Vintage car collector Hassan Moghadam loves nothing more than to share his passion for a good cause
Story and photos by Derek McNaughton
One of Ottawa’s highly skilled surgeons has a disease—one that afflicts many men his age. And Hassan Moghadam’s symptoms include uncontrollable urges to buy rare automobiles, show them to the public, use them to raise money for charity, and amass them in collections to be lovingly adored and driven sparingly.
Hassan is an oral and maxillofacial surgeon who works at The Ottawa Hospital, The Montfort Hospital, and Argyle Associates, and he teaches at McGill and U of Ottawa. He never imagined he would end up being the steward of some of the finest vehicles on earth when the Iranian arrived in Canada in 1976 at age six, first living on a farm near Drummondville, QC, and later hating school so much he would get kicked out in Grade 8. Earning $5 per hour sweeping floors at a grocery store, Hassan soon learned that if he didn’t get an education and choose to work hard, he could end up bagging groceries for life.
Always mechanically inclined, Hassan won a Grade 11 science fair for a mechanical arm he made in his parents’ basement. Inspired, he later enrolled in McGill’s dentistry program, graduated, and eventually earned a Masters in Science in the field of stem cells and bone engineering from the University of Toronto. In 2001, he published the first-ever-reported case of bone regeneration in a human with a stem-cell-growth factor. After graduating with a mountain of debt, he also realized he could generate money from cars, too. His first car, a 1982 Fiat 2000 Spider, was the car in which he married his wife, Litsa.
“I have more pictures of the car than my wife,” he chuckles. Hassan, 49, bought the Fiat for $6,000 and sold it for $10,000. Unlike most who lose money on every car they acquire, Hassan has profited in the pursuit of cars he lusted after. He bought a 1959 Mercedes 190 SL for $30,000 and sold it for $60,000. Later came a 1974 Ferrari 246 Dino bought for $225,000, then sold for $450,000.
Hassan seems embarrassed at the figures. He’s actually quite modest about his wealth, but his disease and his work ethic have been a benefit to many outside the car world. He says he loves nothing more than to use his cars to raise money for charity. He has generously and personally given to Roger Neilson House, May Court Hospice, women’s shelters and others, and continues to do so each year. He has also funded a half-million-dollar scholarship at McGill for students who can’t afford to attend.
His teenage and pre-teen children—David, Alexander and Victoria—always take part in the hunt for cars, he says, and he solicits their opinions before writing a cheque. “They are very much part of the passion and are involved in all aspects of the buying, collecting and researching of every car.”
They were even involved in one of Hassan’s biggest buys—the holy grail of barn finds—a 1956 Mercedes-Benz 300SL Gullwing, one of the most sought after cars on earth. The car popped up on eBay in early 2012 and was only an hour east of Ottawa, a location that led some to think the listing was a scam. Hassan rushed out to see the car with Alexander, then only seven. This particular Mercedes, one of the very few 300SL Gullwing coupes delivered to Canada in the second year of production, was genuine. When Hassan asked Alexander if he should buy the car, his son’s response was, “No, dad. It has lots of bumps and bruises.”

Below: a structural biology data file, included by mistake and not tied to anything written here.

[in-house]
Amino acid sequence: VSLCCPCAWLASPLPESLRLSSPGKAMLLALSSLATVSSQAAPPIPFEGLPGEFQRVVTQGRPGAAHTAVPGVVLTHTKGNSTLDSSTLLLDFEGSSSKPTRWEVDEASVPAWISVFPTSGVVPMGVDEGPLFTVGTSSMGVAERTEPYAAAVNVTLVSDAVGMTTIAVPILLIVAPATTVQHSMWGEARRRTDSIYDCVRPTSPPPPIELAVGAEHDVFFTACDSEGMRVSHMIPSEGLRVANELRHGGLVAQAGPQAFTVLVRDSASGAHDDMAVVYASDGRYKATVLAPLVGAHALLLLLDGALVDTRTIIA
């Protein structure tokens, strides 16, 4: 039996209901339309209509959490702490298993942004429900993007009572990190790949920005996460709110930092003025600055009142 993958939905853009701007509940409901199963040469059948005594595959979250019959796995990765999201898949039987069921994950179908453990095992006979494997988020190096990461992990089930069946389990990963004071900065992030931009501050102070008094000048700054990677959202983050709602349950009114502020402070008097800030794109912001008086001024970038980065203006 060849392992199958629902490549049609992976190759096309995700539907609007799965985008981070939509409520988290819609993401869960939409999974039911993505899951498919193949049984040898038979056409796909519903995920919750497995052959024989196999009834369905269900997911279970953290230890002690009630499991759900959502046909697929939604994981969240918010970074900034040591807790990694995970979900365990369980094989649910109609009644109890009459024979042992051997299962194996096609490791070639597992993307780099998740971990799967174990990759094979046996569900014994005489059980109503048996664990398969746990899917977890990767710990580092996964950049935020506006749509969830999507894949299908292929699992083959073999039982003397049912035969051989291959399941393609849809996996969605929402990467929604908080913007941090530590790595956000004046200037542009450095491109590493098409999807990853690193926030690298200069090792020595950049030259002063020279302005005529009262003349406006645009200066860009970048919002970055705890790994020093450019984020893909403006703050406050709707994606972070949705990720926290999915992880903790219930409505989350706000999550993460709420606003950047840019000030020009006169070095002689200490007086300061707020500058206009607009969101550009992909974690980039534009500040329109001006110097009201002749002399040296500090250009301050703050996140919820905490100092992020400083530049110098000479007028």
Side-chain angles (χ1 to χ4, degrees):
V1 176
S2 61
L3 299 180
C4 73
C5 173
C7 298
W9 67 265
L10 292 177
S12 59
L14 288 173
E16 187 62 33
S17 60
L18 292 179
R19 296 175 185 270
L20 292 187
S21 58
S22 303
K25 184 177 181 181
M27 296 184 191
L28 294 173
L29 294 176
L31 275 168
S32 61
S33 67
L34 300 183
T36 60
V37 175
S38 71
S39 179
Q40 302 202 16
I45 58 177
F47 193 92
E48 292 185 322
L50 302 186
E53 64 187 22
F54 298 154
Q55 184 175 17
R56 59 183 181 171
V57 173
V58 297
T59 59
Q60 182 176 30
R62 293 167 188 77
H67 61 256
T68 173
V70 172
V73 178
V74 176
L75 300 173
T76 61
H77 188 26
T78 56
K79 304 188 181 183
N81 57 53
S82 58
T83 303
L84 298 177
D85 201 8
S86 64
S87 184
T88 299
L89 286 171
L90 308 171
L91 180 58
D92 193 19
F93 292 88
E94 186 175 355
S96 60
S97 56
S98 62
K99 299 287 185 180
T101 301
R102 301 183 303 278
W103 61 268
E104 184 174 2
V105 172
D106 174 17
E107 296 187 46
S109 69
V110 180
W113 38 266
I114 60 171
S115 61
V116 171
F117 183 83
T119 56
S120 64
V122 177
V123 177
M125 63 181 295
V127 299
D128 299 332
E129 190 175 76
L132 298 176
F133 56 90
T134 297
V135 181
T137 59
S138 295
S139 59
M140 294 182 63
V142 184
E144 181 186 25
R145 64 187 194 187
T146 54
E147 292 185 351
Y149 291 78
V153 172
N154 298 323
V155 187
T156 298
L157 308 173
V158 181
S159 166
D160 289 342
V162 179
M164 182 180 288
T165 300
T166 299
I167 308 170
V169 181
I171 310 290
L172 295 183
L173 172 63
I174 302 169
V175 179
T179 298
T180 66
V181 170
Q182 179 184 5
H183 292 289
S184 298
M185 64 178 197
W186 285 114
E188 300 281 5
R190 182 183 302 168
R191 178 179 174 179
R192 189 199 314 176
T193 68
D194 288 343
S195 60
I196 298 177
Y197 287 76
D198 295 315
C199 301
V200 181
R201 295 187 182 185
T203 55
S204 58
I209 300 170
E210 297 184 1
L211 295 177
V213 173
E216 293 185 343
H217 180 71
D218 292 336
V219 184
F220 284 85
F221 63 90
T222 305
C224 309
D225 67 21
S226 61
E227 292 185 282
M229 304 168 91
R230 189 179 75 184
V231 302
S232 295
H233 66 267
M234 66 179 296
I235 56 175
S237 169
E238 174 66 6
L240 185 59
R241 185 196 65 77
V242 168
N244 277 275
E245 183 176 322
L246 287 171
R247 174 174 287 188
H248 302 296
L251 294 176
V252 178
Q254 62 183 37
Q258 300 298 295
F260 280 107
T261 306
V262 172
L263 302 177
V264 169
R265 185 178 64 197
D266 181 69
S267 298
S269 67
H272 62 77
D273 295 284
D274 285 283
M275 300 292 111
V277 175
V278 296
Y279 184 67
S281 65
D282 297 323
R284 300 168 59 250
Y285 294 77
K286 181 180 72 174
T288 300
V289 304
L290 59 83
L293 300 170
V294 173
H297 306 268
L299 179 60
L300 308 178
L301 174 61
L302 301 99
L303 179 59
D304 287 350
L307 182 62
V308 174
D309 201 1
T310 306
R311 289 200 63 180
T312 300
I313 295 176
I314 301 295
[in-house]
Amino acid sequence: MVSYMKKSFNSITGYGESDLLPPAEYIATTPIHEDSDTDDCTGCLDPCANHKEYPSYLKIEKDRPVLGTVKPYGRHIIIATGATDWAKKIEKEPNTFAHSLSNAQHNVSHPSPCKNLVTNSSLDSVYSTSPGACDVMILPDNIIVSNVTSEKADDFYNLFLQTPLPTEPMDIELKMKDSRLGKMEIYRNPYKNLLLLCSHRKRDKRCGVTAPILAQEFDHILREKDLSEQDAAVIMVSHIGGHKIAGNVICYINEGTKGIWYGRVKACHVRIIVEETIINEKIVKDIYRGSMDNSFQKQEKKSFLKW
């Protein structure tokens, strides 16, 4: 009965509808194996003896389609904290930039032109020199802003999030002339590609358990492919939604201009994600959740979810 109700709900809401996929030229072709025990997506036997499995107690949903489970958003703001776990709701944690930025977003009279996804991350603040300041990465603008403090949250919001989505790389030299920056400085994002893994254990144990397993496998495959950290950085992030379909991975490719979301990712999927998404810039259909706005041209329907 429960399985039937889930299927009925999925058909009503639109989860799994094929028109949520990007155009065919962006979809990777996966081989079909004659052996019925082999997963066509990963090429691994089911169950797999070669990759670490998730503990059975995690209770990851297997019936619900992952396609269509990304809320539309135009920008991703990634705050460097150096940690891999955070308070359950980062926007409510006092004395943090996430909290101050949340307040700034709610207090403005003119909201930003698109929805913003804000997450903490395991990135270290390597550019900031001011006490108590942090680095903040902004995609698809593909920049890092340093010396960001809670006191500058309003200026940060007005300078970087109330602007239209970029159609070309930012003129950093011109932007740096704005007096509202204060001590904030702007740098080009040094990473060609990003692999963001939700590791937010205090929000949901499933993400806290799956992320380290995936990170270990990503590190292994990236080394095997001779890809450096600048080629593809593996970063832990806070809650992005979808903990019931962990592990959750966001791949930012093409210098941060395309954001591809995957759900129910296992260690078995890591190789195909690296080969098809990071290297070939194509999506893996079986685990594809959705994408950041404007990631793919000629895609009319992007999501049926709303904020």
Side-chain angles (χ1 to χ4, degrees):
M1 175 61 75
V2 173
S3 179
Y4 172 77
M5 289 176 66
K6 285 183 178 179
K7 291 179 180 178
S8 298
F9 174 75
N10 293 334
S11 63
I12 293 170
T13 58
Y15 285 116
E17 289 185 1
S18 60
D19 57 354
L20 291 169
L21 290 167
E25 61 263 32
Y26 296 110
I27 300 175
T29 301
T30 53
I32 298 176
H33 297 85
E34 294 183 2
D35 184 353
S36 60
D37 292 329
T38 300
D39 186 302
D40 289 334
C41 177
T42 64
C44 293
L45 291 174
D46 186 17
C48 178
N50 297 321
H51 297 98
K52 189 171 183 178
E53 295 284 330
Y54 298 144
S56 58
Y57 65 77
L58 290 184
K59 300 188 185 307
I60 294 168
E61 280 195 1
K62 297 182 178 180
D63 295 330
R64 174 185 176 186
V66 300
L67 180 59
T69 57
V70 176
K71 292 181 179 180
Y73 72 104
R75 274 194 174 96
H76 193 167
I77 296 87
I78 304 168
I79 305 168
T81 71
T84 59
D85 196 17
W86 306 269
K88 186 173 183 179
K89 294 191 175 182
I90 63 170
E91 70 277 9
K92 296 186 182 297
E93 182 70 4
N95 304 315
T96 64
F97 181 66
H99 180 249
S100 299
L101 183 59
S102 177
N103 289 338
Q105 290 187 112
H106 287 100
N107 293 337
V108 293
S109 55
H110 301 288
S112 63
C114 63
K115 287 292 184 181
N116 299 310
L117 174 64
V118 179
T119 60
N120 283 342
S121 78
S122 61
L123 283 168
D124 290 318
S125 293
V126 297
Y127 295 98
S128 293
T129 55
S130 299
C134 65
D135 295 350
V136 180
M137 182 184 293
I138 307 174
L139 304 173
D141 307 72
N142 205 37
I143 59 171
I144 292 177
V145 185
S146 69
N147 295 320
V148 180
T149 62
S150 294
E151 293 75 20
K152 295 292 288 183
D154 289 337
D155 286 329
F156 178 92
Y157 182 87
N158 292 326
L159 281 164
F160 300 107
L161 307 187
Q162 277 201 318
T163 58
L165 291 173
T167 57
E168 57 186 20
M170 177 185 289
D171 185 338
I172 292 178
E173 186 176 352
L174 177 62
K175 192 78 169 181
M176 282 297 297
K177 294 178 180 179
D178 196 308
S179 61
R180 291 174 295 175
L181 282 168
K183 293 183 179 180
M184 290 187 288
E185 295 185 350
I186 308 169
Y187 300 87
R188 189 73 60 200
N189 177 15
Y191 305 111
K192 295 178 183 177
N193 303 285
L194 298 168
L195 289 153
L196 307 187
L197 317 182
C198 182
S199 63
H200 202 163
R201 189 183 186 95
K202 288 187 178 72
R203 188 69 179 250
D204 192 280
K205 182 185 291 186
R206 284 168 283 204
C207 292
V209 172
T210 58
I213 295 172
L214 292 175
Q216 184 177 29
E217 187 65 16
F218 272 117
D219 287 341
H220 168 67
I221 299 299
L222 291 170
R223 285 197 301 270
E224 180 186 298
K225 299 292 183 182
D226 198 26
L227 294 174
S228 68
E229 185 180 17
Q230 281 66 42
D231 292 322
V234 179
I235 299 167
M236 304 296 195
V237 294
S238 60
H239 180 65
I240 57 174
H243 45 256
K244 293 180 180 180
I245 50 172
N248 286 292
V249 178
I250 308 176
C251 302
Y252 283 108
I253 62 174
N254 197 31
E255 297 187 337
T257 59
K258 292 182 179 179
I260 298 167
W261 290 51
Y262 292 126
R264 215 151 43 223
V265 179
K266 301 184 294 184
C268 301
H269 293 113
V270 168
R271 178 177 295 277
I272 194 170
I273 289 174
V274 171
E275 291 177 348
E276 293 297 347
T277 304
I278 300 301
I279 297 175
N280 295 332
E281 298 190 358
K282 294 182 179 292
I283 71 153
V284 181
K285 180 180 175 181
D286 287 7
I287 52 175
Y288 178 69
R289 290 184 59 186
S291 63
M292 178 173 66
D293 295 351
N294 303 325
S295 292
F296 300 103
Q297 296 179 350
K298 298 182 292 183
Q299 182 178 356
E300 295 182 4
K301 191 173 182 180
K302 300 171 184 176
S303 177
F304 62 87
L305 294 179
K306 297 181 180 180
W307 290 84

“I told him, ‘That’s what makes the car special. It is a true barn find and a hidden treasure.’ He then got excited and jumped in the car.” Hassan closed the deal for $725,000 and a handshake with the seller, George O’Connell. The car is now worth more than double its selling price, although it has been thoroughly massaged, cleaned and polished.
The Mercedes, however, is far from Hassan’s most valuable possession. While most would be more than satisfied with the stunning 1969 Aston Martin DB6, 1990 Ferrari F40 or the 1956 Porsche 550 Spyder replica that also occupy his warehouse, the 1967 Ferrari Dino 206 S Spyder Coupe—one of only 15 ever sold from 18 produced—is easily the biggest jewel in the crown. The factory Dino racecar was sold directly by Ferrari to Scuderia Filipinetti in Switzerland and competed as a factory racecar in the 12 Hours of Sebring in April 1967 and then at the Nürburgring. There’s even a book about the car.
Purchased at the Pebble Beach Gooding Auction in 2015 for $2.31M US, Ferrari chassis No. 026 could now be worth as much as $5M or more. But, it’s not just the high price that makes this rare Ferrari so alluring. After several minutes of cranking the Dino’s 2.0-litre V6 engine, the sound that erupts from its two exhaust pipes as the engine breaks into an intoxicating roar of fire and mechanical wizardry is like the angry voice of Zeus echoing from dark clouds overhead. This can’t be good for Hassan’s health.
But it is good for Ottawa. “I like cars that tell a story,” he says. “I buy them to share them. I want to show them.” To that end, he has set up a company called Vintage Motorsports, a casual club of sorts where others who obsess about rare cars can gather and share their vehicular passion. All from a self-made doctor whose own obsession goes a long way to helping others.